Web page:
State Rep. Kristin Boggs (D-Columbus) and State Rep. Nickie Antonio (D-Lakewood) this week introduced a resolution urging all state employees and officials to refrain from engaging in nonessential official state travel to North Carolina. The resolution comes in response to the passage of the controversial bathroom access law in North Carolina that critics, and now the U.S. Department of Justice, say allows discrimination against LGBT individuals.


“This resolution sends a strong message that Buckeyes stand for fairness and equality and against irrational prescriptions for fear and intolerance,” said Boggs. “I believe all people have a fundamental and inherent right to be themselves without government intrusion and unfair barriers in everyday life.”


In March, the North Carolina state legislature passed legislation to ban transgender individuals from using the bathrooms appropriate for their gender. The bathroom ban law also prohibits cities and other political subdivisions in North Carolina from passing anti-discrimination ordinances that protect lesbian, gay, bisexual, and transgender (LGBT) individuals. 


“Instead of treating people fairly and equally, far-right activists are hijacking state laws to foster an environment of exclusion and rejection,” Antonio said. “Our nation was built on a belief in equal opportunity, not a foundation of fear and division that makes it harder for some Americans to find meaningful work and sustain a family.”


The House Resolution proposes that the “policies of the State of Ohio should align with the state’s values of inclusiveness and equality for all,” and it urges states employees to avoid traveling to the Tarheel state until the bathroom ban law is repealed or amended to allow towns and cities to enact local nondiscrimination laws that protect equality for LGBT individuals.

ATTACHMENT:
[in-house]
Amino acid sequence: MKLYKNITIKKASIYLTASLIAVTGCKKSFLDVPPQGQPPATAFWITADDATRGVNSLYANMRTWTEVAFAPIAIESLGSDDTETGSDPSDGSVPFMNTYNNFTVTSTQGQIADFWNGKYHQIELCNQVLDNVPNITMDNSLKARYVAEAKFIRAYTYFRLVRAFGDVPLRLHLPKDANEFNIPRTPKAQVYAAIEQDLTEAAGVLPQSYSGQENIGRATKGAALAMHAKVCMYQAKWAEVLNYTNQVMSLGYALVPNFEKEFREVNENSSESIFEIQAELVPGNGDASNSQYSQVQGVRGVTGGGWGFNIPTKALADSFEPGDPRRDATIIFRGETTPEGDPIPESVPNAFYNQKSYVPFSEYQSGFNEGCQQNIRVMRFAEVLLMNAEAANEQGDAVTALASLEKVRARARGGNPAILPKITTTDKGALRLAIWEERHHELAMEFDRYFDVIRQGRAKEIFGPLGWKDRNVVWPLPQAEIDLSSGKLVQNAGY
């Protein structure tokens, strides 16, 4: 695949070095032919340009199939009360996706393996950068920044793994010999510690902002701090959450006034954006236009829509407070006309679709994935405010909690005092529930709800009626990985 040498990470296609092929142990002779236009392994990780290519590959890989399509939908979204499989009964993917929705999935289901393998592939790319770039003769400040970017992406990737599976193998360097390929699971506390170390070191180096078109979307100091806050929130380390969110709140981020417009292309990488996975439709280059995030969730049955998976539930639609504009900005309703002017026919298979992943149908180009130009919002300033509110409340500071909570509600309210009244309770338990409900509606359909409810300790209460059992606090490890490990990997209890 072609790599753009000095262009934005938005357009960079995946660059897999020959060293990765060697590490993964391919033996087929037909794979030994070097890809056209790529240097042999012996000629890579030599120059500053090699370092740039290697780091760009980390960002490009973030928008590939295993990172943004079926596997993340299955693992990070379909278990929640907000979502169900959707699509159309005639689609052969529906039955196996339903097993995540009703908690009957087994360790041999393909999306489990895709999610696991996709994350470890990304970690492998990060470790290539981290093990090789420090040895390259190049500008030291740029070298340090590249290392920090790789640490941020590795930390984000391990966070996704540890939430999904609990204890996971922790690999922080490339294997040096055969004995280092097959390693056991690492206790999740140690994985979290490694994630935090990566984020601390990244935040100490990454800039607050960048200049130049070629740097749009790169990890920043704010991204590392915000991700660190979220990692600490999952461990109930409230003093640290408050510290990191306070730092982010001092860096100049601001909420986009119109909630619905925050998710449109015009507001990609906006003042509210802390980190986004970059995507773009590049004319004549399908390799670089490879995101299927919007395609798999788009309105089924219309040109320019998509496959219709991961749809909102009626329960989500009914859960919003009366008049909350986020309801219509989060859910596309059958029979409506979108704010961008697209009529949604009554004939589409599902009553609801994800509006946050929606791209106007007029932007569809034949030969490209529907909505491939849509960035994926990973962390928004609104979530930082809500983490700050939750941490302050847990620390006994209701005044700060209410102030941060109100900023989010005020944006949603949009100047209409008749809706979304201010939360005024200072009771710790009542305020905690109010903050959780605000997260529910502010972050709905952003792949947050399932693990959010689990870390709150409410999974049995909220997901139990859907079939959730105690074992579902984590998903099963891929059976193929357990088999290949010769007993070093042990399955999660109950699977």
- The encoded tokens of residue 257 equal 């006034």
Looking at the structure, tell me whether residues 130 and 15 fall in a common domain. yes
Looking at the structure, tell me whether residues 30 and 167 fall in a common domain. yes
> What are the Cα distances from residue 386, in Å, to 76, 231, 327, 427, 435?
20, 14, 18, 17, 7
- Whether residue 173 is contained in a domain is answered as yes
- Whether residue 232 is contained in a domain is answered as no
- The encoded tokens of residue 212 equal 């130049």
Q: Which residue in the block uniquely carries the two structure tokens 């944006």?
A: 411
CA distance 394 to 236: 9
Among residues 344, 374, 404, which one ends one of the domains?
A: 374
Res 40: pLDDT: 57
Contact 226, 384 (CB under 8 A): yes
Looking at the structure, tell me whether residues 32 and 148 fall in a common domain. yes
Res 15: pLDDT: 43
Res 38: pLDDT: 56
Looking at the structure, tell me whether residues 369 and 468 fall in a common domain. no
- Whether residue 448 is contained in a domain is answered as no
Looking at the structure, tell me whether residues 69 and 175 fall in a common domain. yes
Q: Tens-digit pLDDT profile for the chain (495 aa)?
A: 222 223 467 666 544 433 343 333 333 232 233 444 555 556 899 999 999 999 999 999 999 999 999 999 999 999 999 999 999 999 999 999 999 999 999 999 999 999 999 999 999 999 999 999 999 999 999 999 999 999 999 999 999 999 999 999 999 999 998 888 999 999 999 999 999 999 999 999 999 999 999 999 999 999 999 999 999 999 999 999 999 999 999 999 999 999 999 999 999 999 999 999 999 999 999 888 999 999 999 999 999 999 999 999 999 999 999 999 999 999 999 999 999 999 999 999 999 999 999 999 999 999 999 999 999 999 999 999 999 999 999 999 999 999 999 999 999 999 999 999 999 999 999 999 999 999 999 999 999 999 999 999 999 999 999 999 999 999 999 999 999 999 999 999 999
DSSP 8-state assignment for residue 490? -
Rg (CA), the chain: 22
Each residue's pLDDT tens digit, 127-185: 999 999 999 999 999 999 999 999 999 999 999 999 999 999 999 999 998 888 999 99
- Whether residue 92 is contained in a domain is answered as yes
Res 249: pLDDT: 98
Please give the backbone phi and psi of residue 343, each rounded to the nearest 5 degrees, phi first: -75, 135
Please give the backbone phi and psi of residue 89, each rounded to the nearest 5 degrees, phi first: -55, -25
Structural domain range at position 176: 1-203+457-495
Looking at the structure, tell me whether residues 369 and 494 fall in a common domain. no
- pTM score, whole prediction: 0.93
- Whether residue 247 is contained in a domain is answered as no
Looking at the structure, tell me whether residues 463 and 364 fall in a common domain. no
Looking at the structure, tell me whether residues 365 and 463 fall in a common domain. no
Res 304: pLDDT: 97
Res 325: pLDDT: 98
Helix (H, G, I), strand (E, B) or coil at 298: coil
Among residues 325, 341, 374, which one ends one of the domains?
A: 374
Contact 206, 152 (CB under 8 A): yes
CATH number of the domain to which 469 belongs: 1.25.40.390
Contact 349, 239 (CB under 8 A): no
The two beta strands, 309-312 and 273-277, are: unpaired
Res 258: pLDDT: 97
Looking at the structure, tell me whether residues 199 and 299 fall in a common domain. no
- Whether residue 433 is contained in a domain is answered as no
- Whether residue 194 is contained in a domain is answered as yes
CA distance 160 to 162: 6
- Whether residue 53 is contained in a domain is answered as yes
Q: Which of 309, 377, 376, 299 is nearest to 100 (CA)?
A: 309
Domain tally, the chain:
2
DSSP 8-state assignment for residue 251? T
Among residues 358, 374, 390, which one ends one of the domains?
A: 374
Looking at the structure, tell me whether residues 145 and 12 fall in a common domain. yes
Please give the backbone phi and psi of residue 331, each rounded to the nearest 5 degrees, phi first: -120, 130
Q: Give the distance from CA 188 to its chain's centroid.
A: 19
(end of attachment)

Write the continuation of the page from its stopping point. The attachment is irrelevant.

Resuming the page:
If passed, Ohio would join at least four states and numerous cities, including Columbus, Cincinnati and Dayton that have already taken the initiative to introduce similar travel bans. The backlash from the private sector has been real too. North Carolina is already experiencing the detrimental economic impact of the new law with major entertainers cancelling events and prominent businesses ending plans to create jobs and expand.


This week, the United States Department of Justice informed North Carolina officials that The Public Facilities Privacy and Security Act violates the U.S. Civil Rights Act and Title IX. If the finding is upheld, the state could lose hundreds of millions in federal education funding and face federal lawsuits.


An Ohio Republican legislator has promised to file a bill similar to North Carolina’s new law.

 
 
 
  
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